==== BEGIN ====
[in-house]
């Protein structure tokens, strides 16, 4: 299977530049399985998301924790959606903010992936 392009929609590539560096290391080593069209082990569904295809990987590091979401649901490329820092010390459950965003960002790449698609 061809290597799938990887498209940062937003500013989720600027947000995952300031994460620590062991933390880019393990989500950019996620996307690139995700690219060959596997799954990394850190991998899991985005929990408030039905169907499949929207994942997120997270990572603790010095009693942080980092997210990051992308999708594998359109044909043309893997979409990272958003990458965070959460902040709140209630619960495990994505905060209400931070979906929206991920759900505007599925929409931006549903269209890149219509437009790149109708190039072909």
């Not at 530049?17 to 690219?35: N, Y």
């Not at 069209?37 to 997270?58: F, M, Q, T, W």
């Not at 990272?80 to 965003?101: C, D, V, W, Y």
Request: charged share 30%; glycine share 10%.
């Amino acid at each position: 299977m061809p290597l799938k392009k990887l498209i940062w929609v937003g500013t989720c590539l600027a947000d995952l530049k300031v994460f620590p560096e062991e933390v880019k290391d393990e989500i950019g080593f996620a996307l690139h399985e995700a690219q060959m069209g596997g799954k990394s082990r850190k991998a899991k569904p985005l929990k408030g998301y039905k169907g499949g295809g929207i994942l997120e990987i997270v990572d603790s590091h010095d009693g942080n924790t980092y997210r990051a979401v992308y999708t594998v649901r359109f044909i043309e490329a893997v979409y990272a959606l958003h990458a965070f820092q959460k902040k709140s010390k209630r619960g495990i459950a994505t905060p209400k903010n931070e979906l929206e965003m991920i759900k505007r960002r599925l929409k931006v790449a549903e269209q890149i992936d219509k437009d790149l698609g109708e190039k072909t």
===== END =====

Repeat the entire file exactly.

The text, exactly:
[in-house]
């Protein structure tokens, strides 16, 4: 299977530049399985998301924790959606903010992936 392009929609590539560096290391080593069209082990569904295809990987590091979401649901490329820092010390459950965003960002790449698609 061809290597799938990887498209940062937003500013989720600027947000995952300031994460620590062991933390880019393990989500950019996620996307690139995700690219060959596997799954990394850190991998899991985005929990408030039905169907499949929207994942997120997270990572603790010095009693942080980092997210990051992308999708594998359109044909043309893997979409990272958003990458965070959460902040709140209630619960495990994505905060209400931070979906929206991920759900505007599925929409931006549903269209890149219509437009790149109708190039072909």
């Not at 530049?17 to 690219?35: N, Y």
């Not at 069209?37 to 997270?58: F, M, Q, T, W």
């Not at 990272?80 to 965003?101: C, D, V, W, Y």
Request: charged share 30%; glycine share 10%.
């Amino acid at each position: 299977m061809p290597l799938k392009k990887l498209i940062w929609v937003g500013t989720c590539l600027a947000d995952l530049k300031v994460f620590p560096e062991e933390v880019k290391d393990e989500i950019g080593f996620a996307l690139h399985e995700a690219q060959m069209g596997g799954k990394s082990r850190k991998a899991k569904p985005l929990k408030g998301y039905k169907g499949g295809g929207i994942l997120e990987i997270v990572d603790s590091h010095d009693g942080n924790t980092y997210r990051a979401v992308y999708t594998v649901r359109f044909i043309e490329a893997v979409y990272a959606l958003h990458a965070f820092q959460k902040k709140s010390k209630r619960g495990i459950a994505t905060p209400k903010n931070e979906l929206e965003m991920i759900k505007r960002r599925l929409k931006v790449a549903e269209q890149i992936d219509k437009d790149l698609g109708e190039k072909t």